DVD Review: Dakota Skye.

This movie is equally brilliant as it is aggravating. Dakota Skye (Eileen Boylan) has a superpower: she can tell when people are lying and know exactly what they really mean. And because of this, her life has made her very cynical and grumpy to the point where she even hates being around her best friend. Her boyfriend, Kevin (J.B. Ghuman Jr.), is an older guy, in a band, and is part time nice guy, part time daft jerk. But then his best friend in the world, Jonah (Ian Nelson), comes to visit from New York, and he turns Dakota's world upside down. How? Apparently, he never lies, which intrigues her immensely. He's like her arch-nemesis. The problem is... what happens when they fall for each other, especially since that leaves Kevin's emotions at play.

The movie is witty, clever, and--at times--genius. Seriously, there are some amazingly written (and acted) moments in this film--for instance, the "I can't tell you" scene with Jonah, or Dakota's internal monologue at the movie theater. The movie has some great ideas, as well. The problem is that the movie falls short at times of what it could have been with some of the ideas it presents. For every brilliantly written or acted scene, there seems to be a mediocre one (OK, so maybe the ratio is a little closer to the brilliant side). Though I did really like the main quirk of the film: whenever somebody said a lie, there would be a subtitle of what was really meant, which we knew Dakota knew, as well.

But my biggest issue falls with Dakota herself. While the actress who plays her is hot (or at least more than the "medium-cute" as she describes herself), she's a completely and utterly unlikable character. I know most of that is the point, but something could have been done to make her more likable, or at least shown some kind of change earlier in the film. Instead, the movie has her play with people's emotions and makes her that much more unlikable. Parts of her actually reminded me of Bella from the Twilight series (I don't think she's that bad, though). She has quite a bit of voice-over narration, especially toward the beginning, and most of that is really good--especially for voice-over narration. But it's the way she acts in person. In other words, she's totally Emo.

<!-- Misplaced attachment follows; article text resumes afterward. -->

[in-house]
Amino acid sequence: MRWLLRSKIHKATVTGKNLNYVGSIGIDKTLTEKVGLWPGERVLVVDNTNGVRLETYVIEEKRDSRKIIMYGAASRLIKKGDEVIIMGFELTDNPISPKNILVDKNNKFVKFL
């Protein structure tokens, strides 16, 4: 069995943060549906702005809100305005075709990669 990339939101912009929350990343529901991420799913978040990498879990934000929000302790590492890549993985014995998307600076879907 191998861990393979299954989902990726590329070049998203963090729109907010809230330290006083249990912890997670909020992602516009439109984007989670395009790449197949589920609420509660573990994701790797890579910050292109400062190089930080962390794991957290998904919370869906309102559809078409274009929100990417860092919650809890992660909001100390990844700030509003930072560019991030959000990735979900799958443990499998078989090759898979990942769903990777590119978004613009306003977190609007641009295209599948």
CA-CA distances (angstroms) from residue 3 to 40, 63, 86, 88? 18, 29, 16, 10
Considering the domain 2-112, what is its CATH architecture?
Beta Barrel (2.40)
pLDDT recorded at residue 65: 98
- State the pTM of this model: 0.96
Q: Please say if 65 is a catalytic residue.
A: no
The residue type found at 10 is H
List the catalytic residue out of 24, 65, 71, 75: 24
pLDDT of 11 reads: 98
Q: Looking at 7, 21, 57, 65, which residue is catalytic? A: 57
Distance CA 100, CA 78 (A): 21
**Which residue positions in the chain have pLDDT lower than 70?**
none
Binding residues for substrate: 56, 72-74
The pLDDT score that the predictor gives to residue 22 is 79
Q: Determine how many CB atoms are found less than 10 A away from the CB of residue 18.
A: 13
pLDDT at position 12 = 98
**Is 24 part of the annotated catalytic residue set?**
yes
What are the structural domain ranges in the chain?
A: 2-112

Part of the problem could also be due to the writing of boyfriend Kevin. At times, the character is presented as a douche (though unintentional on his part) who treats Dakota like crap. But other times, he was a pretty decent person, and I felt bad for him for how Dakota was treating him. If he was written as more of a total jerk, maybe her transition to Jonah wouldn't have made her look as bad as I felt it did.

But at the same time, these things fall under one of the movie's strengths: its realism. From the dialogue down to the character's actions, the movie felt like it could be real (despite the magical realism of her 'superpower'). There was just enough cussing or just enough teen angst to make the dialogue (or sometimes lack thereof) seem absolutely real. It was never really overdone at all. The movie was quirky, but not too quirky to where--with something like Juno--it seems made-up. And the characters aren't your typical Hollywood cardboard cutouts (the jerk boyfriend, the faultless lead female). The characters had depth and ranges of emotions. But I'm just not sure whether or not it worked for this film and with what it was trying to accomplish. As I said, it made the main character come off as completely unlikable and unsympathetic.

As such, this is a very strange movie to review. Part of me wants to give it a really high score due to these streaks of brilliance. But the other part of me is fighting that urge for any or all of the aforementioned reasons. I can compare a handful of things about it to Twilight, which isn't remotely a good thing. At least the writing and dialogue is better. The cinematography was really good; the movie looked great. And the music was decent. I suppose, overall, I'm gonna go, as usual, with entertainment value over more technical aspects (writing, etc.). So with that said...

I Am McLovin!

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